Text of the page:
The Panel considered the information provided by FDA and industry, open discussions during the Panel meeting, and their clinical experience with the device in making their recommendation. The Panel then voted that general use washers and washer-disinfectors that are intended for medical purposes to clean, decontaminate or disinfect, and dry medical devices should be classified into class II. The Panel believed that special controls, in addition to general controls, would provide reasonable assurance of the safety and effectiveness of the device, and that there was sufficient information to establish special controls to provide such assurance.
D. Summary of Data Upon Which the Recommendation is Based
The Panel discussed a proposal to classify the general use washers and washer-disinfectors according to their intended use into two classes. Devices with cleaning as the only intended use would be placed in class I, whereas devices that are intended to be used for both cleaning and disinfection would be placed in class II. The Panel, however, noted that most of these devices would be placed in central services departments of healthcare facilities and believed that the majority of the devices would be intended for use as a washer-disinfector system rather than for use as a washer. The Panel recognized that a wide variety of medical devices, such as surgical instruments, anesthesia equipment, hollowware, and many other medical devices, are processed in these general use washers and washer-disinfectors and it is extremely difficult to dissociate the cleaning process from the disinfection process. Consequently, the Panel rejected the option of classifying the device intended only for washing as a class I device. The Panel recommended that the general use washers and washer-disinfectors, whether intended only for cleaning or intended for both cleaning and disinfection, be classified as class II.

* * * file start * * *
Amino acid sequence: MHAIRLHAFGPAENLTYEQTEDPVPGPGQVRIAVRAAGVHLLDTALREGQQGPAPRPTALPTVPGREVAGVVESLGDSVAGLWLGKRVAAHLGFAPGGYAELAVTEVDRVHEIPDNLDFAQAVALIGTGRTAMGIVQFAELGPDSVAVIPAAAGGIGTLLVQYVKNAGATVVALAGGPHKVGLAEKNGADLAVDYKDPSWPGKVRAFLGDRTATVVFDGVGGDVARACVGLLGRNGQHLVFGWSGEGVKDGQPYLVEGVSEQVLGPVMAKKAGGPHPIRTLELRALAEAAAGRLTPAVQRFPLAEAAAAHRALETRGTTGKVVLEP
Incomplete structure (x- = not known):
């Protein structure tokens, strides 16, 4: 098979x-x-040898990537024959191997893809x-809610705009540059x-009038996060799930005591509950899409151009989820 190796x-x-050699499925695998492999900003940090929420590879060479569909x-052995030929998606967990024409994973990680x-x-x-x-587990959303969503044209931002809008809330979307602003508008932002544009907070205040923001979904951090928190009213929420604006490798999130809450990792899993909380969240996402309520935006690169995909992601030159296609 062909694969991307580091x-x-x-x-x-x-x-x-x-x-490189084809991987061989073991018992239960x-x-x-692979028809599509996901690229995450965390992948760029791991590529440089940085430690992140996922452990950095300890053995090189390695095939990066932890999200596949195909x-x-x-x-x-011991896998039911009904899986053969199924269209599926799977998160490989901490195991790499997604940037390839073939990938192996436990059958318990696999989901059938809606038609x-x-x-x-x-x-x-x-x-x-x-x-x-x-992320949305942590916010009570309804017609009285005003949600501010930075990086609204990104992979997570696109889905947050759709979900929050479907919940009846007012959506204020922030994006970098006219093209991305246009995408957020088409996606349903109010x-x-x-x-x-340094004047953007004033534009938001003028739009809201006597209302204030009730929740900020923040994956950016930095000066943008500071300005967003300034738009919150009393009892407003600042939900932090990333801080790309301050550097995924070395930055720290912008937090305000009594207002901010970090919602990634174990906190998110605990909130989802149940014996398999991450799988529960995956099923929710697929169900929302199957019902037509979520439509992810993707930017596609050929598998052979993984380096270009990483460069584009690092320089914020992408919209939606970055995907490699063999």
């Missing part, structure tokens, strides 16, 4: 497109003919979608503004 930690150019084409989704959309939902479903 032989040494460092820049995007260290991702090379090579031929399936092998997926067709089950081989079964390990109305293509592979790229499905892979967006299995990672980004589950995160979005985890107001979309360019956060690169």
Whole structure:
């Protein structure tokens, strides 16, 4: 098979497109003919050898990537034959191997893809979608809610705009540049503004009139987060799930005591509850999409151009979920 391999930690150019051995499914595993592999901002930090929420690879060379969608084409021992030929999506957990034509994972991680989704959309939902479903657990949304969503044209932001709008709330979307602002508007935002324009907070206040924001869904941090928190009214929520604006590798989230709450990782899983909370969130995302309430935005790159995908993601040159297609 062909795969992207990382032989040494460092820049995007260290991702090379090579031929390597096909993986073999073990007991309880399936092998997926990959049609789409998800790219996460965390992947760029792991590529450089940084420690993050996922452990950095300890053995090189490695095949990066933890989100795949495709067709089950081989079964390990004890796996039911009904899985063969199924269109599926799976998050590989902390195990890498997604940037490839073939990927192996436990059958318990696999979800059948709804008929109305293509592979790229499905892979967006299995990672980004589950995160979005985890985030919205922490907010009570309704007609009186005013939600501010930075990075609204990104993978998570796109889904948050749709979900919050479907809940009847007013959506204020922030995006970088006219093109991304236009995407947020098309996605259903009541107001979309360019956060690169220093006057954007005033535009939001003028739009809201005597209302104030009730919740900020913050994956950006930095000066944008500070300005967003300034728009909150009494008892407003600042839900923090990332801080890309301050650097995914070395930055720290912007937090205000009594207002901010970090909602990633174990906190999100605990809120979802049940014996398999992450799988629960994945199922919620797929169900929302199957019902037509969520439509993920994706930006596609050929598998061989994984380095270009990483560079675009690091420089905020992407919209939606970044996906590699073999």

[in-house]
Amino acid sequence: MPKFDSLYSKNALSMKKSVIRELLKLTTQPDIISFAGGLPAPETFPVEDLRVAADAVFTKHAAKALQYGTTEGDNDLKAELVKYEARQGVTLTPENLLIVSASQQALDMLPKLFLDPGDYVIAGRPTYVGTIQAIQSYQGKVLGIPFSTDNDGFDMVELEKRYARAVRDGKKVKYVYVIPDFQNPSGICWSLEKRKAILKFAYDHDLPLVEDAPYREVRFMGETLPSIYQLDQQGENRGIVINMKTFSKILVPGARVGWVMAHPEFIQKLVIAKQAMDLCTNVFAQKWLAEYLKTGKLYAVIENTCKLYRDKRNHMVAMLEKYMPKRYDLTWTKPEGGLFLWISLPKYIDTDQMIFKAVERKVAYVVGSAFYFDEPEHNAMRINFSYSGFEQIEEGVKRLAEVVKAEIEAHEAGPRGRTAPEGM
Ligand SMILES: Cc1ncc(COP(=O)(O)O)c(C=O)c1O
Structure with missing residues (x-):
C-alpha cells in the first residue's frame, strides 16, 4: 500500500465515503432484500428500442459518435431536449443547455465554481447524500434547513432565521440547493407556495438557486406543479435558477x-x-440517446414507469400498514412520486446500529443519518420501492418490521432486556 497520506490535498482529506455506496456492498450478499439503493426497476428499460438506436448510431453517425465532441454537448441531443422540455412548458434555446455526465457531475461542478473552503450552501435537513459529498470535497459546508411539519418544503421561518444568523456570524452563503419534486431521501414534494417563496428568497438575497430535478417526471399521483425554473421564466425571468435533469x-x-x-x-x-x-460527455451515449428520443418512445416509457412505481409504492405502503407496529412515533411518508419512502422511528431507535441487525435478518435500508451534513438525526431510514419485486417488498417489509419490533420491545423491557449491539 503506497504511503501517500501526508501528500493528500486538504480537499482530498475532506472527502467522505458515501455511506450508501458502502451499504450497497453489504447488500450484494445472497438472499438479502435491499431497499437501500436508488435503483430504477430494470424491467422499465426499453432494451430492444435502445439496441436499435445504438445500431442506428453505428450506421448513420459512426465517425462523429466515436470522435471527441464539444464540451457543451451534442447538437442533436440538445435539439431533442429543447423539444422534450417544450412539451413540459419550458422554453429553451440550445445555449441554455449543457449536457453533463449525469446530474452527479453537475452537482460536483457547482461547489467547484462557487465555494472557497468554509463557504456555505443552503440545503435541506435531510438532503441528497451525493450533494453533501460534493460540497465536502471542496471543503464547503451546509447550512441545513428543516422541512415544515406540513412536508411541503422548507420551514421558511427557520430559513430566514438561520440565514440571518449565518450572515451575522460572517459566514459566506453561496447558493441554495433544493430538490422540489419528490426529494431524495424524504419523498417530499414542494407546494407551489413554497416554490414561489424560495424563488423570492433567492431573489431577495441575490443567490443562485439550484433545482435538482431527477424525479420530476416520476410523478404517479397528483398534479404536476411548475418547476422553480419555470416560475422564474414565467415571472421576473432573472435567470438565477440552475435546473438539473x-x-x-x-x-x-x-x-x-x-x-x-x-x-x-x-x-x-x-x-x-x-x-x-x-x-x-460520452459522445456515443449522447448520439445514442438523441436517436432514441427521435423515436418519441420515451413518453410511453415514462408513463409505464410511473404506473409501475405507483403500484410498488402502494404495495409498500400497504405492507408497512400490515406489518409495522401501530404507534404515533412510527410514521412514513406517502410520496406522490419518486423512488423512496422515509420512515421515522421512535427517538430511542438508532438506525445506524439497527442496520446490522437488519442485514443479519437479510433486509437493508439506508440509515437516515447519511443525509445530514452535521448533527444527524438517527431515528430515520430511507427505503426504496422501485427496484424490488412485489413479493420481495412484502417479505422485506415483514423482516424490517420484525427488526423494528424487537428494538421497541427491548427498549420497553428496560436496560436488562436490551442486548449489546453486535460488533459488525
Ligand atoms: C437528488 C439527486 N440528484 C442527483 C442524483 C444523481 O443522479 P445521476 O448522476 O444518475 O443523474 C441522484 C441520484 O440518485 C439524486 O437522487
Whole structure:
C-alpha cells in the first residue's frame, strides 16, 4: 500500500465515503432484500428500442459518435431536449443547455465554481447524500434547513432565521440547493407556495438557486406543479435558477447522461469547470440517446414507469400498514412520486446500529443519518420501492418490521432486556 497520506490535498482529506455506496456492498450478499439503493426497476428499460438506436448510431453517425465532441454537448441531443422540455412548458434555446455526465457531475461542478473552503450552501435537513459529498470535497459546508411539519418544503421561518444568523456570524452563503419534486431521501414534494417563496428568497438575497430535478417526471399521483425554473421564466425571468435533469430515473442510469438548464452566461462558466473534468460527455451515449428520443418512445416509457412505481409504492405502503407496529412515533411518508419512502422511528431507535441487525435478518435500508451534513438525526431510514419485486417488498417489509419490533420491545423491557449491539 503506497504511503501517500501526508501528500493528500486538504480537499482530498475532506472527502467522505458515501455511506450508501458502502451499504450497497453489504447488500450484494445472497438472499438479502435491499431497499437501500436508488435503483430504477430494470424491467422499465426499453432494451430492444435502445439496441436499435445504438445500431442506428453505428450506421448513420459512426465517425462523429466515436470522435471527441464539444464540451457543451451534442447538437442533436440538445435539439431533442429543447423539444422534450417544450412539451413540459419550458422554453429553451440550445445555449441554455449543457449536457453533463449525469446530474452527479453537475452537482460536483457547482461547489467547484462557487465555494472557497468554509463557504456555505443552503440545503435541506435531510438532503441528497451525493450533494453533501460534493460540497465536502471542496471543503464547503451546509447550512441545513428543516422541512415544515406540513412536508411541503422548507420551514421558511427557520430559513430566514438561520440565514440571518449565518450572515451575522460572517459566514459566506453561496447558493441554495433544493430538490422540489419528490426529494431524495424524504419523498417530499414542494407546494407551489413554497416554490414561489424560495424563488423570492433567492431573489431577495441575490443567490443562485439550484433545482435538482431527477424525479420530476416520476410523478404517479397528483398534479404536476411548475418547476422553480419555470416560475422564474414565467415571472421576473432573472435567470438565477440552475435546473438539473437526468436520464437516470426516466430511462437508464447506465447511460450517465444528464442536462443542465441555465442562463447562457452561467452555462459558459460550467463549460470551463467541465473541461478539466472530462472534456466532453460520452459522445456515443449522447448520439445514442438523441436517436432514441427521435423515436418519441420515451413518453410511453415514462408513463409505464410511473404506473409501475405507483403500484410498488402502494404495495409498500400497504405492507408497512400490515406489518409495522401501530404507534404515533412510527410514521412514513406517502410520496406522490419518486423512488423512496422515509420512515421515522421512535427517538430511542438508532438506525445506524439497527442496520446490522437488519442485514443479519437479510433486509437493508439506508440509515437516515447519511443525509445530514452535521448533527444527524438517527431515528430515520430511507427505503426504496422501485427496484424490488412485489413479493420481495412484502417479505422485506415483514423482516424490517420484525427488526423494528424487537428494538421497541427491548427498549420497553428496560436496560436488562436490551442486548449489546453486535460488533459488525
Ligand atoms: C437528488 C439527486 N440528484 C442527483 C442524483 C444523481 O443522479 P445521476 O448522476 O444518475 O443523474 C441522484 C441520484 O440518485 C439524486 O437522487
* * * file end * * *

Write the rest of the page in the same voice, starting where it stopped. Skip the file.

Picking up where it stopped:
The Panel acknowledged that those washers and washer-disinfectors already classified by regulation, such as washers for body waste receptacles, washers for general purpose articles, such as laboratory glassware, ultrasonic cleaners, washers and washer-disinfectors for flexible endoscopes, and contact lens cleaners, would not be affected by this classification.Start Printed Page 5752
E. Risks to Health